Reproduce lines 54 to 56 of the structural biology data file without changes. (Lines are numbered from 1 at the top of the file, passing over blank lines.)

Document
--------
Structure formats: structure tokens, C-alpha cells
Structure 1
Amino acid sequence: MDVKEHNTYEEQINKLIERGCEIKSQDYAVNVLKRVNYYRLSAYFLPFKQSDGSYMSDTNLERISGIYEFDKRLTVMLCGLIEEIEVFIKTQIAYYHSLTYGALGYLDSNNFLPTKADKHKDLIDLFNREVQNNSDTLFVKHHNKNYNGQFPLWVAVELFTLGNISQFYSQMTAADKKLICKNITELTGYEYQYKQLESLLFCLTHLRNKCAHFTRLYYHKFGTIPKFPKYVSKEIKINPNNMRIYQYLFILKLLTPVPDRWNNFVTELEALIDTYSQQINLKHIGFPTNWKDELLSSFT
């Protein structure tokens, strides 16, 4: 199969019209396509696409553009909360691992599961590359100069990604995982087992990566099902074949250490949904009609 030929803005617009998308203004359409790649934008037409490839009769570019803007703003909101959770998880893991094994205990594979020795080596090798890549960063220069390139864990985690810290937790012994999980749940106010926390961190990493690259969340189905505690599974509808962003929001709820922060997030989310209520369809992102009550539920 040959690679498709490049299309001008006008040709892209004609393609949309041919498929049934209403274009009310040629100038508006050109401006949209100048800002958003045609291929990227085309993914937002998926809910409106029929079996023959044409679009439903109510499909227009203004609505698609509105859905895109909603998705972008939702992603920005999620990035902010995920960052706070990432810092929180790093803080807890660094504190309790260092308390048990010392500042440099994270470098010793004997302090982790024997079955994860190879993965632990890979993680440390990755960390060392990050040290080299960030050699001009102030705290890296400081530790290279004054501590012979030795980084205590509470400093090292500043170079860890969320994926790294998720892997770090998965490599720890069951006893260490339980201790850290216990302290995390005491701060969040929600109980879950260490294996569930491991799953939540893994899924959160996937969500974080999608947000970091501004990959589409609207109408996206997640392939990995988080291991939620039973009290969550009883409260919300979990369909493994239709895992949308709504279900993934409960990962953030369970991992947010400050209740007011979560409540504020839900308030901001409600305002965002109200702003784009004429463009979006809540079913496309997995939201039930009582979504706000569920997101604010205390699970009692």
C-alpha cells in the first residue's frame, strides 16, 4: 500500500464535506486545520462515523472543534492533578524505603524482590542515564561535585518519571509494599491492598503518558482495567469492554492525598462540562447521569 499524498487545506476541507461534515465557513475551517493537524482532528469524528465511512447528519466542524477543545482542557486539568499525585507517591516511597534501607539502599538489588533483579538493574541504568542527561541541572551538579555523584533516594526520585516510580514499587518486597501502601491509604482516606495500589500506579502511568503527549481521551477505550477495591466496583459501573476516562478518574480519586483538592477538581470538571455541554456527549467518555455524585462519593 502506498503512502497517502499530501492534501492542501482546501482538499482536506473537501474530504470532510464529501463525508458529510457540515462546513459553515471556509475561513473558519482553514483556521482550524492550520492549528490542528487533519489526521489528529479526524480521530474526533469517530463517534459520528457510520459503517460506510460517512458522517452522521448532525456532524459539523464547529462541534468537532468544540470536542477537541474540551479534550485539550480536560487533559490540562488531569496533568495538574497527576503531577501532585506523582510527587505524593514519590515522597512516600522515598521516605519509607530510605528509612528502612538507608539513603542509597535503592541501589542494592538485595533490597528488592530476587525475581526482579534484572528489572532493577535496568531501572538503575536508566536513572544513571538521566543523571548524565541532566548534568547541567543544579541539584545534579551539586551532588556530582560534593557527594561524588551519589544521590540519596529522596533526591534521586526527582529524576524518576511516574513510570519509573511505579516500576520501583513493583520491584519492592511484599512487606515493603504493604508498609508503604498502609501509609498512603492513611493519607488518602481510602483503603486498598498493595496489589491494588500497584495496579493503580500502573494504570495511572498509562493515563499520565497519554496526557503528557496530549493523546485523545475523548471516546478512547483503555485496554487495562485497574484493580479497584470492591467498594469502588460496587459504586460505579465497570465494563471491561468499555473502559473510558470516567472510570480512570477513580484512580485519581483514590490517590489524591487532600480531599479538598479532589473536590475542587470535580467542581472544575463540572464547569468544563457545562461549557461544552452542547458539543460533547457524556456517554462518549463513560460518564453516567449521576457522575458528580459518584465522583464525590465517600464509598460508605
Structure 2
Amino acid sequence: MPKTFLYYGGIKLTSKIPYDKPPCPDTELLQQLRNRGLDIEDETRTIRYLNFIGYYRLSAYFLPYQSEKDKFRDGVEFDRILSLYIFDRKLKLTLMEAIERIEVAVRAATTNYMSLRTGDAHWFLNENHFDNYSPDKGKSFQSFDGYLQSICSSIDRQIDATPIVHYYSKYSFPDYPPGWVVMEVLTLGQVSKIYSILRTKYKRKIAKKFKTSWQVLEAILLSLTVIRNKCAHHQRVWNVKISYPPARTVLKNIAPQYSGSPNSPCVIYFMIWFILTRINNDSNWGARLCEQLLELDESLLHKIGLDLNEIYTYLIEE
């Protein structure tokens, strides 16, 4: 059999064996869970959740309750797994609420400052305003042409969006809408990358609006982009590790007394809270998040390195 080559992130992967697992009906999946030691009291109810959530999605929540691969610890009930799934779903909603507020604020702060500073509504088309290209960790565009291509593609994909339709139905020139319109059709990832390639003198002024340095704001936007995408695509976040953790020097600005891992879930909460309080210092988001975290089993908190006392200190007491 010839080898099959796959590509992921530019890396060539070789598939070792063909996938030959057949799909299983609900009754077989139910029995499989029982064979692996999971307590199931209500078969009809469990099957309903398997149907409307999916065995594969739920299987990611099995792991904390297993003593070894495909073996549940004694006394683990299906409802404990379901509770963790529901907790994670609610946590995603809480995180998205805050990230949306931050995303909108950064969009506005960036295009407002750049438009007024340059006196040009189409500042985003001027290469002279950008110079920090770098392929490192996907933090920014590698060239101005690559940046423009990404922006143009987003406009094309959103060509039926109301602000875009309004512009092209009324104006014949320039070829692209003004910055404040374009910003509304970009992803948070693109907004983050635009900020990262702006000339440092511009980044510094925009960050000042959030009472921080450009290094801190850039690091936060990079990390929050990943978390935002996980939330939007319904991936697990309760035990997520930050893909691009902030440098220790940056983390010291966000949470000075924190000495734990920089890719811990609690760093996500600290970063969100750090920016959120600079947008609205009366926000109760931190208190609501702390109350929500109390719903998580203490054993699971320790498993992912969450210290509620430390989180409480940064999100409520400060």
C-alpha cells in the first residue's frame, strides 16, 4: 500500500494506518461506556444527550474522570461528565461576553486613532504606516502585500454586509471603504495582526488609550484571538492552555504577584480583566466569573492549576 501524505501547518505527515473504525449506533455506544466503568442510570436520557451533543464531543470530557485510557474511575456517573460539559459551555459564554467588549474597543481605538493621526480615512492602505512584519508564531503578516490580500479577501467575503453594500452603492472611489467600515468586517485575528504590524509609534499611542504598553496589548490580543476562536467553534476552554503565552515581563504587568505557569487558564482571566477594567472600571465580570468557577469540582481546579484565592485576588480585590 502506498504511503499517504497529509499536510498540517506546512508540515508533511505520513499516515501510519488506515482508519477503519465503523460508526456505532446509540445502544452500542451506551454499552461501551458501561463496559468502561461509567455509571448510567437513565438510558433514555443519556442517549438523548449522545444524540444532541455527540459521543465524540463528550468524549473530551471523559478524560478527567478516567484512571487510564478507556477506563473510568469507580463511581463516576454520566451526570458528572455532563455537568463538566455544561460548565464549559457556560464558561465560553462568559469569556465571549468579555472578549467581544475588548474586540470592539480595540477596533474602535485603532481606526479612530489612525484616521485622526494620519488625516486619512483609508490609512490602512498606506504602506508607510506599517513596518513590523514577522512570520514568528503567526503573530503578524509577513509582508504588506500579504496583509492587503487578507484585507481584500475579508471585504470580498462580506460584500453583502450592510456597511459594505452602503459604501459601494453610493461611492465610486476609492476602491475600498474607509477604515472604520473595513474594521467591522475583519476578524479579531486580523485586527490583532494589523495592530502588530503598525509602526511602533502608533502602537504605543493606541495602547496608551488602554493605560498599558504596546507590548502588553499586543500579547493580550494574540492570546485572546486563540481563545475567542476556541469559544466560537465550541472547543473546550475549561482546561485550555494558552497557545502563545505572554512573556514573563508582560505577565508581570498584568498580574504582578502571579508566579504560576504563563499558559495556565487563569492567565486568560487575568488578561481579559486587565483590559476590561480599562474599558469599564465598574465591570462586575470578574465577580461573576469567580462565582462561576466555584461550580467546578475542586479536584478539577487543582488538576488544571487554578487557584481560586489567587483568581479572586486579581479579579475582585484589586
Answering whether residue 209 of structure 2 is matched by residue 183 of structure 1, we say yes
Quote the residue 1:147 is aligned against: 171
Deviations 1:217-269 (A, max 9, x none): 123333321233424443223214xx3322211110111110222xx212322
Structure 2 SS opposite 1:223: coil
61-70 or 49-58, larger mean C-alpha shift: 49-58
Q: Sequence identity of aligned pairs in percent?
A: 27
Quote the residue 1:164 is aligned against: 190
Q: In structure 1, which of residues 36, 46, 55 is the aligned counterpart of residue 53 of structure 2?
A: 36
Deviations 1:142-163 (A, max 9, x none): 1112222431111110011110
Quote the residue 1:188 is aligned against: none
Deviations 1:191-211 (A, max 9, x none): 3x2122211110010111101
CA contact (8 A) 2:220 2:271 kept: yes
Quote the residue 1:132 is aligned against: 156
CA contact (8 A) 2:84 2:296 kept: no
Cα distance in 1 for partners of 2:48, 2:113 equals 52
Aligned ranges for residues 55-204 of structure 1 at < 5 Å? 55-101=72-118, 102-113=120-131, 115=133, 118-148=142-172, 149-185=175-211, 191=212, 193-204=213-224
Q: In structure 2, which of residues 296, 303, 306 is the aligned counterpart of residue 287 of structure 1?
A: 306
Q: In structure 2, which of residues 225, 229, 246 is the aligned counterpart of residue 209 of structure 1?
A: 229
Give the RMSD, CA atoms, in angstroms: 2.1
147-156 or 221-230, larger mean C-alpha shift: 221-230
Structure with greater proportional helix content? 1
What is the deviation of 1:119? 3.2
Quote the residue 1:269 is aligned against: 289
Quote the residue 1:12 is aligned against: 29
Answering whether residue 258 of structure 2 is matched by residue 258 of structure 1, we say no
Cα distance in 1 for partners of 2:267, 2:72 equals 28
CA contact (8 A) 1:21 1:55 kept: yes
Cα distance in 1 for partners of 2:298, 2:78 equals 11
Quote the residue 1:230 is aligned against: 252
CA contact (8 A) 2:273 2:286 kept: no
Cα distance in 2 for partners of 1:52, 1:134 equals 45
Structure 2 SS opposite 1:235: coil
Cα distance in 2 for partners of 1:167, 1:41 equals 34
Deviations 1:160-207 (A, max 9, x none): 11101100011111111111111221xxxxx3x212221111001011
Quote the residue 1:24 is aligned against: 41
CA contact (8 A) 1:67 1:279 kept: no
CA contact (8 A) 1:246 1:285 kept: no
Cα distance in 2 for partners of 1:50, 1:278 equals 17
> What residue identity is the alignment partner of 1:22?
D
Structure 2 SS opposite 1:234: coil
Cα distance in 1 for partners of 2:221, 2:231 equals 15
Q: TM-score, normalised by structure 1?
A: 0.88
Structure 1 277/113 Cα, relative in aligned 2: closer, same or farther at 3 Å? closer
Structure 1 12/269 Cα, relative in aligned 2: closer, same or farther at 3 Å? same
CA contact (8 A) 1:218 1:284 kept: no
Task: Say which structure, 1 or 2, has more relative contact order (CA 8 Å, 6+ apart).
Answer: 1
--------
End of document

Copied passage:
Structure 2 SS opposite 1:234: coil
Cα distance in 1 for partners of 2:221, 2:231 equals 15
Q: TM-score, normalised by structure 1?